In 1963, the mathematician Roy Kerr found a solution to Einstein’s equations that precisely described the space-time outside what we now call a rotating black hole. (The term wouldn’t be coined for a few more years.) In the nearly six decades since his achievement, researchers have tried to show that these so-called Kerr black holes are stable. What that means, explained Jérémie Szeftel, a mathematician at Sorbonne University, “is that if I start with something that looks like a Kerr black hole and give it a little bump” — by throwing some gravitational waves at it, for instance — “what you expect, far into the future, is that everything will settle down, and it will once again look exactly like a Kerr solution.”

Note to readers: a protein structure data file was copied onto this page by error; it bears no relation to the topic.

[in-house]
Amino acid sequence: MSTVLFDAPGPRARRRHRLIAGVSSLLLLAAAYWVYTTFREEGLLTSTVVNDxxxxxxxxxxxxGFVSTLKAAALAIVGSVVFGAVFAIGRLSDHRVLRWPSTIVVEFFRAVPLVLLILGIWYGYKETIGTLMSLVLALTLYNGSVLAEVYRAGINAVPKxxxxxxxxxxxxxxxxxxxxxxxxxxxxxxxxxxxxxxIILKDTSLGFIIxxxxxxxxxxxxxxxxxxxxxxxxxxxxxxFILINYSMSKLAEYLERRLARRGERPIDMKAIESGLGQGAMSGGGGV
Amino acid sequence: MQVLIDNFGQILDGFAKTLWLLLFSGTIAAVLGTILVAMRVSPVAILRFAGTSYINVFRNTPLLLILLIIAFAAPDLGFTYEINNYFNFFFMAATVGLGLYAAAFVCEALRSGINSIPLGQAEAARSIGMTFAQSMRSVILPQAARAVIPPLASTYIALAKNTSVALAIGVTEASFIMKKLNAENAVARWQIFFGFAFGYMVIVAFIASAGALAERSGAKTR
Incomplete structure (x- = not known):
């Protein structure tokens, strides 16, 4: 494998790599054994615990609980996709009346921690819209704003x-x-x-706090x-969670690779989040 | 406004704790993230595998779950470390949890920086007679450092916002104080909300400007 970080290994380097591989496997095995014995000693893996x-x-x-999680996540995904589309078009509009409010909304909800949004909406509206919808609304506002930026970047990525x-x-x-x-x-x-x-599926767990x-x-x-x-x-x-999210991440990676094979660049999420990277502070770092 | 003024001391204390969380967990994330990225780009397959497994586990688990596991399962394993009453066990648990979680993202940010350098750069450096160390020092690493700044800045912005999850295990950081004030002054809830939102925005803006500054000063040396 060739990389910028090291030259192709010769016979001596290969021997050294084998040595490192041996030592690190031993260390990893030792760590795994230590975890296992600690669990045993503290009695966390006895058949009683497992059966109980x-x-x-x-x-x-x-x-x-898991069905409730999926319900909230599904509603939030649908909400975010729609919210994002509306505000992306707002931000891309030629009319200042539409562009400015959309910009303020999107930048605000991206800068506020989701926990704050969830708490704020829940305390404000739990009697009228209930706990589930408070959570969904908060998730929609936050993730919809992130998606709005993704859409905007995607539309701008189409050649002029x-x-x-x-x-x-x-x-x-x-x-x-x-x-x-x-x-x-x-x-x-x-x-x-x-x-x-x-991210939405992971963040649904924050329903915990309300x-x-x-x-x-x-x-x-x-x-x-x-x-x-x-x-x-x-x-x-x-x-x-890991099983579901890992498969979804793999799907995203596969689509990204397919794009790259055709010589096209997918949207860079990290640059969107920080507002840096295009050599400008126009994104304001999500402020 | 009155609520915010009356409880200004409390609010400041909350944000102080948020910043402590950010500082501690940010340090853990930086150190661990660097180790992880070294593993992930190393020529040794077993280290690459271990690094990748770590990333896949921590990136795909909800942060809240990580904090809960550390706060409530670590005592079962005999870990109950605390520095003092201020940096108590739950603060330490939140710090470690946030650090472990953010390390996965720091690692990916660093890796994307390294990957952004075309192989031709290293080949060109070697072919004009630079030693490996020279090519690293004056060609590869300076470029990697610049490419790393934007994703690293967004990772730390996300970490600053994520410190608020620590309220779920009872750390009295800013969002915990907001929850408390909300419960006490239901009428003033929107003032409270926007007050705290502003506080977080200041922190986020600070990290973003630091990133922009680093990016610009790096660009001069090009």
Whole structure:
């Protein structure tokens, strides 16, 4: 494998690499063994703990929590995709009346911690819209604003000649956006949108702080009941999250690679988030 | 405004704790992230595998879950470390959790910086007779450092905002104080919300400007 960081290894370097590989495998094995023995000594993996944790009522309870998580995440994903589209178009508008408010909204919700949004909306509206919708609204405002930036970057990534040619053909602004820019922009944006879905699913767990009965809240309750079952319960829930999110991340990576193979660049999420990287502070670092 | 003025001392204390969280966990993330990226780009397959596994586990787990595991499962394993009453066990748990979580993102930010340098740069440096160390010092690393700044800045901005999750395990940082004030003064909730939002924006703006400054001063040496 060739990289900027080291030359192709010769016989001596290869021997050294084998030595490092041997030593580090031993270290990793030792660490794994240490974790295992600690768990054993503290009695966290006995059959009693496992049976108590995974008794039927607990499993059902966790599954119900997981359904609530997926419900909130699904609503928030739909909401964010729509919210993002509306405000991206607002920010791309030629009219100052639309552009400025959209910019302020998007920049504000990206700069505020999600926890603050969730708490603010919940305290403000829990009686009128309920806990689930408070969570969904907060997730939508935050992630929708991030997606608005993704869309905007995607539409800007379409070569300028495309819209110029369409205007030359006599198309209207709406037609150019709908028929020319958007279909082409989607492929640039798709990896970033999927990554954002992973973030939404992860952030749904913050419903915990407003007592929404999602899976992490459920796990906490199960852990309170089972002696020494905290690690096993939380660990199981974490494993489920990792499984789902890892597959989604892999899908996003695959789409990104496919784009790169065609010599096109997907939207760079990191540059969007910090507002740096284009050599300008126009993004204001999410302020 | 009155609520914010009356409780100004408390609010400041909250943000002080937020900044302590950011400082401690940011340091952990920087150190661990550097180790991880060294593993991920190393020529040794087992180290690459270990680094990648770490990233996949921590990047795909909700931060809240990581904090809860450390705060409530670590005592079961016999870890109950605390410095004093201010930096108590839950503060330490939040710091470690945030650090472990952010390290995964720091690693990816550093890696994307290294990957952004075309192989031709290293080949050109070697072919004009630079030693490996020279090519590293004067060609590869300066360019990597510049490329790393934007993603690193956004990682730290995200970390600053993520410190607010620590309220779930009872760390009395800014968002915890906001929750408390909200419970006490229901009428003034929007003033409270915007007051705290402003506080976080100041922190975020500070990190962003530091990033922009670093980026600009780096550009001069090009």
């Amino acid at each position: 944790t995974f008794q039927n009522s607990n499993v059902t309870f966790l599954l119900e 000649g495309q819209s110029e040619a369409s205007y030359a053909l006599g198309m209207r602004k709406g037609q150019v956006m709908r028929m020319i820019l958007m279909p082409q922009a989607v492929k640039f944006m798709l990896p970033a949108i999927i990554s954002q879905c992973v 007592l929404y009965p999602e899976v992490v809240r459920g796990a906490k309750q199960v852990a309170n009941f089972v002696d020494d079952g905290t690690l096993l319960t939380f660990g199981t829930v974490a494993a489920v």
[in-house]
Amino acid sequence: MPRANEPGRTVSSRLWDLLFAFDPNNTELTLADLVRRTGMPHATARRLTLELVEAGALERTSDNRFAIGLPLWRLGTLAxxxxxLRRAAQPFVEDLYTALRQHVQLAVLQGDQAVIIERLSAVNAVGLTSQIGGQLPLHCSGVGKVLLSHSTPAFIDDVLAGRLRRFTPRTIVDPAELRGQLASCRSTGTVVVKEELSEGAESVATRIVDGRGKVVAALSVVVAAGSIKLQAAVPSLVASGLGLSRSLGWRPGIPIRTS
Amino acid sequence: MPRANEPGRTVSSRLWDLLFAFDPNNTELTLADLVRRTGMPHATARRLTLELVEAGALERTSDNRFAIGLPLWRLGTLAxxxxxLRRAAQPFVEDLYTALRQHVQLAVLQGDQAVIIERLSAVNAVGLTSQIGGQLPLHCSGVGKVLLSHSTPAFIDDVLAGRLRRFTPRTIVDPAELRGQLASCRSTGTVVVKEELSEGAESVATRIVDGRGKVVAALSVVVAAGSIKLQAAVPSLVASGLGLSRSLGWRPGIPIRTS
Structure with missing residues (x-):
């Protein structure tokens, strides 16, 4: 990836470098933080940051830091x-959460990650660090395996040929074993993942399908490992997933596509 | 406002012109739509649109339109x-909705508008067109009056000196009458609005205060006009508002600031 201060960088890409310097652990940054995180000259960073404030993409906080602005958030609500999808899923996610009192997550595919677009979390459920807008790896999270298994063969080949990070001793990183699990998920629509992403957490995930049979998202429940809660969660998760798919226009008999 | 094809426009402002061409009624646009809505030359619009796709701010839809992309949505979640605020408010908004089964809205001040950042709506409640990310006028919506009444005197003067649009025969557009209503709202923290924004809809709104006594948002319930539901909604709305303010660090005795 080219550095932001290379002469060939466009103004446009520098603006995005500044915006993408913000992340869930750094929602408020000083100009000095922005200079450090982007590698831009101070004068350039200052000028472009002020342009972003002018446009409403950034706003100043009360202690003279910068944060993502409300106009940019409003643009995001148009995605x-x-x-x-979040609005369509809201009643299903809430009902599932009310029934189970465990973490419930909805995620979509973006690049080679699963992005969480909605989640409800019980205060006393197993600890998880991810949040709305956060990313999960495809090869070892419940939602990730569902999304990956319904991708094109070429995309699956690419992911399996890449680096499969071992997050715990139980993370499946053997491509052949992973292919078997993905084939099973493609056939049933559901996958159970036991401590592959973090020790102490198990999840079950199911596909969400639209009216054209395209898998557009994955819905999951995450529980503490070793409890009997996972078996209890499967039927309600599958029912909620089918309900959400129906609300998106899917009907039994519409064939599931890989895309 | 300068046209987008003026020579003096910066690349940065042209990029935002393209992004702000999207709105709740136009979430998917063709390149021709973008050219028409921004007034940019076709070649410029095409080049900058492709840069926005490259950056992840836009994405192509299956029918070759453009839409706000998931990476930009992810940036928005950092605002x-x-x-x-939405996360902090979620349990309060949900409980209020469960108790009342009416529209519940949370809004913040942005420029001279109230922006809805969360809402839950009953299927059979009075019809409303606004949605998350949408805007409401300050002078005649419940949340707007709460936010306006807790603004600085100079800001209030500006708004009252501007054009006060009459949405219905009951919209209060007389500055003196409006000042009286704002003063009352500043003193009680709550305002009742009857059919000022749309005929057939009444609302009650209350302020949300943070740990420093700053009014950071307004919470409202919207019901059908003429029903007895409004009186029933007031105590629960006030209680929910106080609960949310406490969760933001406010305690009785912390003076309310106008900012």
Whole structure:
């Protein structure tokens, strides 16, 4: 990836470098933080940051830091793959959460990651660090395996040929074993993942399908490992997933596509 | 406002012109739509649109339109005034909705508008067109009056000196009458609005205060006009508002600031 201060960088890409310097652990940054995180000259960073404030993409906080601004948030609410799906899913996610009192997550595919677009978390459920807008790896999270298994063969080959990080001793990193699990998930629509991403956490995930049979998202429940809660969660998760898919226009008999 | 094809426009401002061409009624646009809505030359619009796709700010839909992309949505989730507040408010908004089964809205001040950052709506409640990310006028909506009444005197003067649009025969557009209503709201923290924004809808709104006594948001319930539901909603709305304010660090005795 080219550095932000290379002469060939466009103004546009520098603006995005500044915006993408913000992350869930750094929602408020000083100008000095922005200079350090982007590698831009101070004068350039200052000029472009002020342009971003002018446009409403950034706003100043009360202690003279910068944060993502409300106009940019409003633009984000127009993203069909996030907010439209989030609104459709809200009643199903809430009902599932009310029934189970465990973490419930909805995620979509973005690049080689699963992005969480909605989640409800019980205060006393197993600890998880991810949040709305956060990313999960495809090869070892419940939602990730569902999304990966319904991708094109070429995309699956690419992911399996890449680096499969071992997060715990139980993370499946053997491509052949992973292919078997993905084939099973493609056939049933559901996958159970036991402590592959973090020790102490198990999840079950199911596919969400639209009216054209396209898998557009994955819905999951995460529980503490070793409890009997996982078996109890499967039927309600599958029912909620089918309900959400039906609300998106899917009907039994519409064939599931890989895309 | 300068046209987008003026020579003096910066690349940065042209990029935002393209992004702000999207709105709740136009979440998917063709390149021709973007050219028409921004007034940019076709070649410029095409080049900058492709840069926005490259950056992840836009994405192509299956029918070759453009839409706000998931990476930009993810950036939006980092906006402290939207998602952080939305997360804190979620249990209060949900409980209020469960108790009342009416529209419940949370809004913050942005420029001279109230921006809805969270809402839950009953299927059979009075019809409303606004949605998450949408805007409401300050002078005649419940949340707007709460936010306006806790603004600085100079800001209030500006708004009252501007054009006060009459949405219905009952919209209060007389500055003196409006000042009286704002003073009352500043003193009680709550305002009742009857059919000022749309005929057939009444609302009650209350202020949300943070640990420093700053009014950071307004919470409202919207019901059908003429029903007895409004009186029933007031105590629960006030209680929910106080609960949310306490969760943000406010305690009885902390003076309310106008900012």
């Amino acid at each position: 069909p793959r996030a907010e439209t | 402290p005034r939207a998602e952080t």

The opposite situation — a mathematical instability — “would have posed a deep conundrum to theoretical physicists and would have suggested the need to modify, at some fundamental level, Einstein’s theory of gravitation,” said Thibault Damour, a physicist at the Institute of Advanced Scientific Studies in France.

In a 912-page paper posted online on May 30, Szeftel, Elena Giorgi of Columbia University and Sergiu Klainerman of Princeton University have proved that slowly rotating Kerr black holes are indeed stable. The work is the product of a multiyear effort. The entire proof — consisting of the new work, an 800-page paper by Klainerman and Szeftel from 2021, plus three background papers that established various mathematical tools — totals roughly 2,100 pages in all.

The new result “does indeed constitute a milestone in the mathematical development of general relativity,” said Demetrios Christodoulou, a mathematician at the Swiss Federal Institute of Technology Zurich.

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